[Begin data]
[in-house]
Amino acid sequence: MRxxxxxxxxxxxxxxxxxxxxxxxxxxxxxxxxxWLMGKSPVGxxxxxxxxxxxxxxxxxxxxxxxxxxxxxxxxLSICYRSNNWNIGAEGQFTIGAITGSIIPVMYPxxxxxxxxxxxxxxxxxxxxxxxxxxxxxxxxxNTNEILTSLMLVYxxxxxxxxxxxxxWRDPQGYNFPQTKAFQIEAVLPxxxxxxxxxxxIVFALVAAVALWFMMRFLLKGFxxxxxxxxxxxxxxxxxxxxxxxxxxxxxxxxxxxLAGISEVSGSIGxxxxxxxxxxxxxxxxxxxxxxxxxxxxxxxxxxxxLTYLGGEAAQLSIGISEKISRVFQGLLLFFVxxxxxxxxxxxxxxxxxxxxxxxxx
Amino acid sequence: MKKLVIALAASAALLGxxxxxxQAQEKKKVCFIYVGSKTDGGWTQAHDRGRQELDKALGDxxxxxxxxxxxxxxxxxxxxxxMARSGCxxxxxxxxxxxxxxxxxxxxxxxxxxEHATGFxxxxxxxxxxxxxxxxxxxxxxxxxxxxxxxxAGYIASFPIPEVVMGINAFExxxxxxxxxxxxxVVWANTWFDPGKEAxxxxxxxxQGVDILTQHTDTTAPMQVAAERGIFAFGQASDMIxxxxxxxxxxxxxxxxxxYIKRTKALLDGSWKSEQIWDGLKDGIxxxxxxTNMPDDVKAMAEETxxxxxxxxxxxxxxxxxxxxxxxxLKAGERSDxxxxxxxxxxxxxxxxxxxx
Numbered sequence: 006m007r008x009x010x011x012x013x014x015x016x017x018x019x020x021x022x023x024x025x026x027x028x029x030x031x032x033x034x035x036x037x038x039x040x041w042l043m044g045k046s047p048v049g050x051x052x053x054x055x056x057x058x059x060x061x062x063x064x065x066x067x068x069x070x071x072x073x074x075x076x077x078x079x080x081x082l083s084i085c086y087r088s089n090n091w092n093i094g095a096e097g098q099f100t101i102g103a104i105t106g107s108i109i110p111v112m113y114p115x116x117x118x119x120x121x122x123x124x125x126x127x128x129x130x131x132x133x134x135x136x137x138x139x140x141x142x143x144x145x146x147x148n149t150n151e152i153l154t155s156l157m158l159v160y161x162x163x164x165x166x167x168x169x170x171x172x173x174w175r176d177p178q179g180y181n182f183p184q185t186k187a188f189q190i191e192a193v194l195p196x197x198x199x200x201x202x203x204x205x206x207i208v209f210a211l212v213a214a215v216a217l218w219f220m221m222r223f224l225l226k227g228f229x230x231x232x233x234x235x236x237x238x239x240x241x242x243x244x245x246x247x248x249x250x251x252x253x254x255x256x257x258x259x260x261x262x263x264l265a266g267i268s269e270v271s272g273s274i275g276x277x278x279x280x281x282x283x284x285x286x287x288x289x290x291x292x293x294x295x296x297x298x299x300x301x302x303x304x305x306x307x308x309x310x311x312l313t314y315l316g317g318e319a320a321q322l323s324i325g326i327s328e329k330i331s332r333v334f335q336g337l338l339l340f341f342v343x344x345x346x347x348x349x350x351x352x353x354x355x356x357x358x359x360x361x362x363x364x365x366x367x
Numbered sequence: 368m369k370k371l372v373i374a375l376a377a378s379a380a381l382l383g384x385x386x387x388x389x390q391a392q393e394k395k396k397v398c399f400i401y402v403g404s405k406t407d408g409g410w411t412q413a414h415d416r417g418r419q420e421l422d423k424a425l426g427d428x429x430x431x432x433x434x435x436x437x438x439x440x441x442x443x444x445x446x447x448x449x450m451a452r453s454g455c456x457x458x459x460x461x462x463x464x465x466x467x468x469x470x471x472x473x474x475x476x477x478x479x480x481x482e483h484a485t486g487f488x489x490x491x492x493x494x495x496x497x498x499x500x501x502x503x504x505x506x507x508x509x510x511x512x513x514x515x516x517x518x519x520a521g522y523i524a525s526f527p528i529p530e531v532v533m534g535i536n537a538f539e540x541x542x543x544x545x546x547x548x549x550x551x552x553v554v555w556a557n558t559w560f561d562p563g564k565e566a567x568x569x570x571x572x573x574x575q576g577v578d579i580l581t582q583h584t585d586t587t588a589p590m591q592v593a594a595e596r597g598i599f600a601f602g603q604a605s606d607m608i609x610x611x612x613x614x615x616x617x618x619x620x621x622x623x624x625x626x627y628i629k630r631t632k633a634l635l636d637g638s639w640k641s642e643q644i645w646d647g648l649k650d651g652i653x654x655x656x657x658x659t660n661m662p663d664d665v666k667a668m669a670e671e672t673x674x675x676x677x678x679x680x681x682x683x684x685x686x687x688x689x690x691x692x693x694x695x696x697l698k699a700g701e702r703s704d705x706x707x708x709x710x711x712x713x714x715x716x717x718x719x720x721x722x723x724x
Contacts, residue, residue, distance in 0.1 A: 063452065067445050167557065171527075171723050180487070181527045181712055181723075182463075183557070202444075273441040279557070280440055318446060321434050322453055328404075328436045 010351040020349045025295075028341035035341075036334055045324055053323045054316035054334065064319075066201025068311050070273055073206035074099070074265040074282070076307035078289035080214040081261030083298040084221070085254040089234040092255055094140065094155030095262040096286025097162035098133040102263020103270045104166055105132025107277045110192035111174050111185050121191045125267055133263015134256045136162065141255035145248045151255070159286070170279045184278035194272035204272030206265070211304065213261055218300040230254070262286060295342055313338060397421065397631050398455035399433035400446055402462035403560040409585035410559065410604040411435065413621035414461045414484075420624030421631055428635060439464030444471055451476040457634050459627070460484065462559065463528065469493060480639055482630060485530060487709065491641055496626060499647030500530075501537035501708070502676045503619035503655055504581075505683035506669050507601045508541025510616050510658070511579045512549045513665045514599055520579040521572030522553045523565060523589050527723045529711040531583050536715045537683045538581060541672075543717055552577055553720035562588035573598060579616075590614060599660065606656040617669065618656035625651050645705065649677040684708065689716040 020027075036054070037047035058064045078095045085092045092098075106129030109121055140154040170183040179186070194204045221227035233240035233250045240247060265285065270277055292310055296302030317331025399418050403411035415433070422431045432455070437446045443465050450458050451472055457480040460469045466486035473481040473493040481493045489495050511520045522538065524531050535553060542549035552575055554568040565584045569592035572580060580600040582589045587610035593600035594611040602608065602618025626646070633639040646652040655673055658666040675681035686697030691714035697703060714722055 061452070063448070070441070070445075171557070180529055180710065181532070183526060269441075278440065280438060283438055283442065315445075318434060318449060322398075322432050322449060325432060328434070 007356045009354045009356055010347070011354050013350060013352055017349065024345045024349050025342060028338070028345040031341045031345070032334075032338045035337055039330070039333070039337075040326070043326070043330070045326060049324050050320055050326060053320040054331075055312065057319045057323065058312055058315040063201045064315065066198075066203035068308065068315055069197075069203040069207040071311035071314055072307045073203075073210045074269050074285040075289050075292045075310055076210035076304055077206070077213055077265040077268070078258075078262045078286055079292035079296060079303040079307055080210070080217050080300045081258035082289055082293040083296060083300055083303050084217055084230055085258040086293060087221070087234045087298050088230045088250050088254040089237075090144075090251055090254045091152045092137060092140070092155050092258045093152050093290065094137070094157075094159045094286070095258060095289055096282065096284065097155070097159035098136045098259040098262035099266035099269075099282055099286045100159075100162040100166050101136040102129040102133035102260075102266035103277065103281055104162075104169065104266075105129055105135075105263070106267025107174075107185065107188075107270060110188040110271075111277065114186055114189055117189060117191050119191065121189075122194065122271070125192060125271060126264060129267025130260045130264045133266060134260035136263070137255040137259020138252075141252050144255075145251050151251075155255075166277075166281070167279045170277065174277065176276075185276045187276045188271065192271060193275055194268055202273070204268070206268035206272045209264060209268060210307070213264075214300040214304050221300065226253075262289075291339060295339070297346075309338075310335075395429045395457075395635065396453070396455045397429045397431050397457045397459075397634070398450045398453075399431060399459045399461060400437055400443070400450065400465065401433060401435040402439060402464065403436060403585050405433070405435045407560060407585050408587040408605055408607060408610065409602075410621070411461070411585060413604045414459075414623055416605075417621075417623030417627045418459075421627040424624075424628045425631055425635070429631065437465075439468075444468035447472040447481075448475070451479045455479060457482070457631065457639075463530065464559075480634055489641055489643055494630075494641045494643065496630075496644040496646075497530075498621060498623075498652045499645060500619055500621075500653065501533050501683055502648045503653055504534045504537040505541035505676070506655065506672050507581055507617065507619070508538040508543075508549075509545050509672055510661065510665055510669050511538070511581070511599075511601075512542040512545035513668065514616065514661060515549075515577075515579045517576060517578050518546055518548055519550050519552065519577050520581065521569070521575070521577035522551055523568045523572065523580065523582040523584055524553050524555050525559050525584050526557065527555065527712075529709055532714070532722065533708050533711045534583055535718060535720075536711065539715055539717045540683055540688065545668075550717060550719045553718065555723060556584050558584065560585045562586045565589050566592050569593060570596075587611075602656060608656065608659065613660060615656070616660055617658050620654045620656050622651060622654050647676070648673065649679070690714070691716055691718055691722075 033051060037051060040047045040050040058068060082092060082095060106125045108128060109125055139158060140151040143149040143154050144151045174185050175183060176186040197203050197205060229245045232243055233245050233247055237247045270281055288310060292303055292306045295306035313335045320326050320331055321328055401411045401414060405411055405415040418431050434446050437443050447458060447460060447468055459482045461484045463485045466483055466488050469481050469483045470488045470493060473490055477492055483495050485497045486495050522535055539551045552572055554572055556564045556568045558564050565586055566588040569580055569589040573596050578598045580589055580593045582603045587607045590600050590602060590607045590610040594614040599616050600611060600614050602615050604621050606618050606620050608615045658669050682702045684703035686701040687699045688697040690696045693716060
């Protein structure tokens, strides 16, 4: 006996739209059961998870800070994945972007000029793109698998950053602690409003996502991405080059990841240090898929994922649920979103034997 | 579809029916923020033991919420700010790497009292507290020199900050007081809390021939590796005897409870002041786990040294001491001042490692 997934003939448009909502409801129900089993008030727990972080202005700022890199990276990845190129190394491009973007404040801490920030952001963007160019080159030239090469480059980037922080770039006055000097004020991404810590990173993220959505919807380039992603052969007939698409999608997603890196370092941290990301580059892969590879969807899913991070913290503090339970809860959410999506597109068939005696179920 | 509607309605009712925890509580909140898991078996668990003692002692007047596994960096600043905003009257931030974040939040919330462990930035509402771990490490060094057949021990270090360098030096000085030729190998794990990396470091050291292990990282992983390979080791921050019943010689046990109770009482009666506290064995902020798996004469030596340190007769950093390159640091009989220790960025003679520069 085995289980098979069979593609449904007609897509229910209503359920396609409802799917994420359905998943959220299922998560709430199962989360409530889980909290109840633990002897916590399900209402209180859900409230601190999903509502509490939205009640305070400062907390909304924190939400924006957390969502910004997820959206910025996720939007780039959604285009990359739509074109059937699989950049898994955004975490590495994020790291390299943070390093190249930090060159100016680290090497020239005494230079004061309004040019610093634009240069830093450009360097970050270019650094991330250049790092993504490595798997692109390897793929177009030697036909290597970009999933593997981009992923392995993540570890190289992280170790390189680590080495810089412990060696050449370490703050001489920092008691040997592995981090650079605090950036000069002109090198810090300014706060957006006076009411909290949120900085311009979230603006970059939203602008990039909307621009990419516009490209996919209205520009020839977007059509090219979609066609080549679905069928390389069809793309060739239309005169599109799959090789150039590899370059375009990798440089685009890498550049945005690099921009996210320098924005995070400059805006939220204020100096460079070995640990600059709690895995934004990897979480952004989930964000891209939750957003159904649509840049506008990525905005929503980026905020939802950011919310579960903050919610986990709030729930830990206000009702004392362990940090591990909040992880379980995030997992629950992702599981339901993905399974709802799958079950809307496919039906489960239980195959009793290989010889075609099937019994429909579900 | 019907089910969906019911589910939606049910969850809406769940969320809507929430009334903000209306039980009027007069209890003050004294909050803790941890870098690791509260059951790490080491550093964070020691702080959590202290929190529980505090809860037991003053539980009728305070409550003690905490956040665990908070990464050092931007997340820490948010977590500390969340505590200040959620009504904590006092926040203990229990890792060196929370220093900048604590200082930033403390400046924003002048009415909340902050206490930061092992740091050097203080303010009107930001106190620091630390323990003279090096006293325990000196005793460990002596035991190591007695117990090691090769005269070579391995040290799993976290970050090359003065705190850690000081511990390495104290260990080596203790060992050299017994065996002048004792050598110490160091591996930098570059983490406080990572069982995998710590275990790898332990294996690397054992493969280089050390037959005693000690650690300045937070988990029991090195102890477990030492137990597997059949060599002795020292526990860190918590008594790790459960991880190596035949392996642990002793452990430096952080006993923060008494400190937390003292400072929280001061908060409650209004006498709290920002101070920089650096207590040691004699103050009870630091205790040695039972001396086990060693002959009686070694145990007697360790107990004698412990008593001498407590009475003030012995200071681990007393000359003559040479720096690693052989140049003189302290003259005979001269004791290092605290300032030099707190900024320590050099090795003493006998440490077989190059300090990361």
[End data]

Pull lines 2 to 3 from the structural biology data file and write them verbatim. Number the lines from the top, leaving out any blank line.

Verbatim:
Amino acid sequence: MRxxxxxxxxxxxxxxxxxxxxxxxxxxxxxxxxxWLMGKSPVGxxxxxxxxxxxxxxxxxxxxxxxxxxxxxxxxLSICYRSNNWNIGAEGQFTIGAITGSIIPVMYPxxxxxxxxxxxxxxxxxxxxxxxxxxxxxxxxxNTNEILTSLMLVYxxxxxxxxxxxxxWRDPQGYNFPQTKAFQIEAVLPxxxxxxxxxxxIVFALVAAVALWFMMRFLLKGFxxxxxxxxxxxxxxxxxxxxxxxxxxxxxxxxxxxLAGISEVSGSIGxxxxxxxxxxxxxxxxxxxxxxxxxxxxxxxxxxxxLTYLGGEAAQLSIGISEKISRVFQGLLLFFVxxxxxxxxxxxxxxxxxxxxxxxxx
Amino acid sequence: MKKLVIALAASAALLGxxxxxxQAQEKKKVCFIYVGSKTDGGWTQAHDRGRQELDKALGDxxxxxxxxxxxxxxxxxxxxxxMARSGCxxxxxxxxxxxxxxxxxxxxxxxxxxEHATGFxxxxxxxxxxxxxxxxxxxxxxxxxxxxxxxxAGYIASFPIPEVVMGINAFExxxxxxxxxxxxxVVWANTWFDPGKEAxxxxxxxxQGVDILTQHTDTTAPMQVAAERGIFAFGQASDMIxxxxxxxxxxxxxxxxxxYIKRTKALLDGSWKSEQIWDGLKDGIxxxxxxTNMPDDVKAMAEETxxxxxxxxxxxxxxxxxxxxxxxxLKAGERSDxxxxxxxxxxxxxxxxxxxx